The art of managing small teams

Jürg Widmer Probst

The art of managing small teams

Jurg Widmer Probst

‘Small is beautiful’. ‘Bigger is better’. We’re not going to get into the relative merits of small vs large teams here – we’re firm believers that there is a team size out there for every task. Some challenges demand the kind of creativity, agility and flexibility that small teams excel at – while other jobs require a considerably larger commitment of people power. Rather, we’d like to focus simply on how to manage a small team – something that we’ve had plenty of experience of over the years. Here are just a few of the things we’ve picked up.

  1. Have clearly defined roles – but not ‘silos’

Obviously, it’s crucially important in any team, no matter what the size, that everyone has a very clear idea of what their role is within that team. But this is particularly true of small teams. It’s important here to be clear that this isn’t just about knowing what they are supposed to be doing everyday – it’s also absolutely key that people also understand why they are doing it.

So, make sure all your team members know how the individual tasks they are doing fit into the bigger picture, and be very careful to make sure that everyone regularly shares knowledge with everyone else. This last point is absolutely vital, because small teams in particular can be susceptible to ‘single person dependency’ – that situation where only one person knows how to do a particular task. One person being off ill unexpectedly in a team of four means a quarter of your workforce has suddenly disappeared – make sure that a quarter of your knowledge doesn’t go with them.

  1. Have a very clear way of working

Building on this idea that it is important for everyone to have a clear idea of what they’re doing, it’s also vital for everyone to agree how they’re doing it. If you’re a small team, it’s likely that you’re working in a small space, so it’s crucial that you all feel comfortable about the environment you’re sharing.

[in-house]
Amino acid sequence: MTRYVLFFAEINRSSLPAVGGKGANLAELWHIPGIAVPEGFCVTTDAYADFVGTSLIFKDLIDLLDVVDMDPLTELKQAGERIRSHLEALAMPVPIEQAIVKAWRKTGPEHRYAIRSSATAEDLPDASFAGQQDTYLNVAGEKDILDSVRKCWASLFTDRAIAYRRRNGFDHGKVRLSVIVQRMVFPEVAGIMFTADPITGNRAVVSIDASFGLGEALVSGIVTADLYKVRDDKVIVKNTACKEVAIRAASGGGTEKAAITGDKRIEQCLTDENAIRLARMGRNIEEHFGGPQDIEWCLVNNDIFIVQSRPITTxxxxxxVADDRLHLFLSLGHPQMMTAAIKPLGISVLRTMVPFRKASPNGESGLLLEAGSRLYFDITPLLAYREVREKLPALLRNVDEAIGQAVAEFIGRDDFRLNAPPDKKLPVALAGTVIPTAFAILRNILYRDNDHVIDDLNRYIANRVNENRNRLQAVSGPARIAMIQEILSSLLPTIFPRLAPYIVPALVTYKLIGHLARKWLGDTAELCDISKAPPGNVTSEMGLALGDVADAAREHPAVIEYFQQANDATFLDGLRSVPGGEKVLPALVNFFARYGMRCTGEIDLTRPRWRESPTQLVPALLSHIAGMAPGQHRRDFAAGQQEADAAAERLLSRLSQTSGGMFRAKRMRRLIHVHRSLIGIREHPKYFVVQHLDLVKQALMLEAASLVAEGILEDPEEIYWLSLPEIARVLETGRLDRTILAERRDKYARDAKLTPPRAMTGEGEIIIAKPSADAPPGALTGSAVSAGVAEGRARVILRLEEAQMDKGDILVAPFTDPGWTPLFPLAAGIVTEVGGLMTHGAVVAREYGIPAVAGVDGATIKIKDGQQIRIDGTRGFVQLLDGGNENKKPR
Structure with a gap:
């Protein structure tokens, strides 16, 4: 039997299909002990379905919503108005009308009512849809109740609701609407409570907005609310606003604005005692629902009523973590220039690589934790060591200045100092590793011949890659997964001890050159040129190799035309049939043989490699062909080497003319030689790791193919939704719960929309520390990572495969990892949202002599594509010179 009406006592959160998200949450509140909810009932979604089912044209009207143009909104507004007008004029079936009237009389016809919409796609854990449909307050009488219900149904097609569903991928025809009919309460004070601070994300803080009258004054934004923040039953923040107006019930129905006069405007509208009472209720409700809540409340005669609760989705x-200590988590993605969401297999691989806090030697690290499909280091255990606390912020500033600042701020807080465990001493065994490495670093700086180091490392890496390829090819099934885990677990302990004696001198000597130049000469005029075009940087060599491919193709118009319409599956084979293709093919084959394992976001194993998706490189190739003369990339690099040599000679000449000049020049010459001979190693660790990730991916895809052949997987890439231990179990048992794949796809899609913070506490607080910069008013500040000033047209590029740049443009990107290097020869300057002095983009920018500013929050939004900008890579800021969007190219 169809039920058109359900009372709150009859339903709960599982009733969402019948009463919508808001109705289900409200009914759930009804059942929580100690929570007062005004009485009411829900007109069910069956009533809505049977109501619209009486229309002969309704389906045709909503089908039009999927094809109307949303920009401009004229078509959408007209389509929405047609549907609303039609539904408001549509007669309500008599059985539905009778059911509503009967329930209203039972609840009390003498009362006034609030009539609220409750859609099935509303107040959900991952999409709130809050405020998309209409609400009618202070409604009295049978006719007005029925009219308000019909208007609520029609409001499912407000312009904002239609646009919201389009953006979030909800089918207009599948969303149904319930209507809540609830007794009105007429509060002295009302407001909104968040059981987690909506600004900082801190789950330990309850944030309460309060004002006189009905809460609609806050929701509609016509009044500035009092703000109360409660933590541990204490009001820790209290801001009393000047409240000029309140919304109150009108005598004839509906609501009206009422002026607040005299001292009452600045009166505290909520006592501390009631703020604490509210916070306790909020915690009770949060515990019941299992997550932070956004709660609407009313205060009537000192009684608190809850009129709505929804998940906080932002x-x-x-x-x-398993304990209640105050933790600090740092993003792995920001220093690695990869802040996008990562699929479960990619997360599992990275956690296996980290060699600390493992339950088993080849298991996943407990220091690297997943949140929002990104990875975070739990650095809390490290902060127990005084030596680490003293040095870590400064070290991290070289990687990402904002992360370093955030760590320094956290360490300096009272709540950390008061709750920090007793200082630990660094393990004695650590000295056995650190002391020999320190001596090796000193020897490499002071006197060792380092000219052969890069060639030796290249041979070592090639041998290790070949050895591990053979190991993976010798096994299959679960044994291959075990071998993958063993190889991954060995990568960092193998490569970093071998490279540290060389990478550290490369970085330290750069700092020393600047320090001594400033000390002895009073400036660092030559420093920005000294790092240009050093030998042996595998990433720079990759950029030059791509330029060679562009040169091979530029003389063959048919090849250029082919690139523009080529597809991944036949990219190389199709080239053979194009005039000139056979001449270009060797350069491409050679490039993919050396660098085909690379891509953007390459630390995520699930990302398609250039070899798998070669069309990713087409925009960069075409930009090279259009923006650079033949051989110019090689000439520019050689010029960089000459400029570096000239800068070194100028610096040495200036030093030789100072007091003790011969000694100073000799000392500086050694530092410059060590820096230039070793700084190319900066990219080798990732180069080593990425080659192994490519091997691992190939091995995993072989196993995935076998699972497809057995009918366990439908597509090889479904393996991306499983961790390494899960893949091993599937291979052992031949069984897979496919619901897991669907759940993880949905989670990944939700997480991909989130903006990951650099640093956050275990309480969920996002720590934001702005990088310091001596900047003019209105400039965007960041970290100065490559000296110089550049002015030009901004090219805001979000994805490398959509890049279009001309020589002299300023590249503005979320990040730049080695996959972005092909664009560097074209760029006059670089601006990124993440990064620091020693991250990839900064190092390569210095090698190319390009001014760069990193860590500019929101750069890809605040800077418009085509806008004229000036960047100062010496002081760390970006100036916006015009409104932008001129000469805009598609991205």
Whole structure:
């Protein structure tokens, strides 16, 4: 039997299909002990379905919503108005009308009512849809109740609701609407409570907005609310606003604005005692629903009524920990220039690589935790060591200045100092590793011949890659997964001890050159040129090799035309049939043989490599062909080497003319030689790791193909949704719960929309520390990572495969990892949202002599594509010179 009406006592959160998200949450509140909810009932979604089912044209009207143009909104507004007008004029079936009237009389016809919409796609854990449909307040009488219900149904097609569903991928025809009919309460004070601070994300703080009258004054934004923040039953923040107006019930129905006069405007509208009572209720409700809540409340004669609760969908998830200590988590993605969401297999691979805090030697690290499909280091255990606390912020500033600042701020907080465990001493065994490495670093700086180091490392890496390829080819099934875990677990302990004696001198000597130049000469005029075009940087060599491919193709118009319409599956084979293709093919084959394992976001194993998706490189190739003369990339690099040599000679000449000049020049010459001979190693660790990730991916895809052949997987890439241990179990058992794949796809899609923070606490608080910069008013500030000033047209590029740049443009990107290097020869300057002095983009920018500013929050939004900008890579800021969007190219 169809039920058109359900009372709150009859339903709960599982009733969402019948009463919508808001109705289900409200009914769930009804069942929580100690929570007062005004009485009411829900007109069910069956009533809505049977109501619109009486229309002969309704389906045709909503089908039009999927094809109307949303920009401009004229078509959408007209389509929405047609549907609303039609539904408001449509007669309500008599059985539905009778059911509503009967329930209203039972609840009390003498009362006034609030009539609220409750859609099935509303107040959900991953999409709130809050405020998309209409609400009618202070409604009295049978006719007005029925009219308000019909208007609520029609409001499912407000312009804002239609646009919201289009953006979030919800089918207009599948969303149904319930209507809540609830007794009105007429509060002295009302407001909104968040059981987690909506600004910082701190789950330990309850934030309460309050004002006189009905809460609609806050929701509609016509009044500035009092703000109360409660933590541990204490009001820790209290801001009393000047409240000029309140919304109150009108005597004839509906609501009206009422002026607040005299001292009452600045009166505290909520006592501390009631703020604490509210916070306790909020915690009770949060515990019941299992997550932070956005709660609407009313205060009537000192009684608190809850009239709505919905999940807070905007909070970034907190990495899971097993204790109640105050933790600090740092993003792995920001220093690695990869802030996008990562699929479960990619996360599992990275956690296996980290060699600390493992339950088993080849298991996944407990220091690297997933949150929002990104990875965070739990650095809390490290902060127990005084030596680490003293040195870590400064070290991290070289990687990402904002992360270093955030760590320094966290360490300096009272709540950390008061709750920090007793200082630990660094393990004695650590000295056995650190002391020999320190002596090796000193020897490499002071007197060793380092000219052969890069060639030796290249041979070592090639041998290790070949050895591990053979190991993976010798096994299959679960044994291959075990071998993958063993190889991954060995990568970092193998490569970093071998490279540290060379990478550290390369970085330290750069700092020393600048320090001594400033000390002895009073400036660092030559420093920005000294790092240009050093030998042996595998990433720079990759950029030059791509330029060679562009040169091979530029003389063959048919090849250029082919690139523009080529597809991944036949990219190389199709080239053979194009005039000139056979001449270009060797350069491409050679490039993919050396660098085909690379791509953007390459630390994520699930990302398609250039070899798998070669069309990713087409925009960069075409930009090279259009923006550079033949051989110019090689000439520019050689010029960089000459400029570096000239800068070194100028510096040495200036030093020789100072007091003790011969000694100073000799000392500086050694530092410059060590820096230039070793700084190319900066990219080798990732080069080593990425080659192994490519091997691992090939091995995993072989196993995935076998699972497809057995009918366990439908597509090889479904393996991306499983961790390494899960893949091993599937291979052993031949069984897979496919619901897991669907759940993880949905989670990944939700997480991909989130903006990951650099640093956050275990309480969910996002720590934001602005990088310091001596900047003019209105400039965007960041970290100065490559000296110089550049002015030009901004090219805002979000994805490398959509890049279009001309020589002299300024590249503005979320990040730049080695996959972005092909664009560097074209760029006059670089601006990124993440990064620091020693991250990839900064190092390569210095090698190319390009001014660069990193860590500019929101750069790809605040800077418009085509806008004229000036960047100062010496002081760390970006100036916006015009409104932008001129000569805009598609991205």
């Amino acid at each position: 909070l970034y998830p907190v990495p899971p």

So, we recommend setting very clear ways of working – everything from who makes the tea and coffee to who takes notes in meetings (by the way, we recommend rotating this one, so people don’t feel as if the pressure is all on them). Again, it’s about sharing both knowledge and responsibility, so that everyone feels that they have a stake and a say in the business. Of course, having a clear way of working doesn’t mean that you have to be rigid – one of the beauties of having a small team is the agility and adaptability to change that it brings. But change in itself can be a challenge.

  1. Expect change

It is a fact of life – small teams feel change more keenly than large ones. For example, small businesses will most likely experience a lot of staff turnover – and this is all normal: people join small companies, get valuable experience, and then move on to bigger (but not necessarily better) things. But in a small team it can have a huge impact – just as someone who joins and brings a wealth of career experience can also dramatically change the dynamics of a team. So, it’s essential that as a leader you’re sensitive to the new mix of skills and personalities that you’re faced with.

Expecting change and being resilient then is key – but another great strategy for preparing your team for change is also simply to make the team think and feel bigger. By this, we mean making sure that the outlook of the team is outward, not inward. It can often be easy for small teams to turn in on themselves, and to become a bubble.

So, try to encourage everyone within the team to take a more external facing attitude, and to take responsibility not just for how your small team sees them, but for their reputation in the sector you operate in as a whole. They might do this by going to networking events or representing your business as a key speaker at a conference.

Some small businesses might not like the idea of this because they are afraid that their best employees will be poached – but we’d argue that this is simply a reality of modern business, particularly in sectors like the tech industry. So, we think it’s better to encourage them to be the best they can be, and to be in charge of their own self development – and you’ll be surprised how many people actually want to stick with companies that let them do that.

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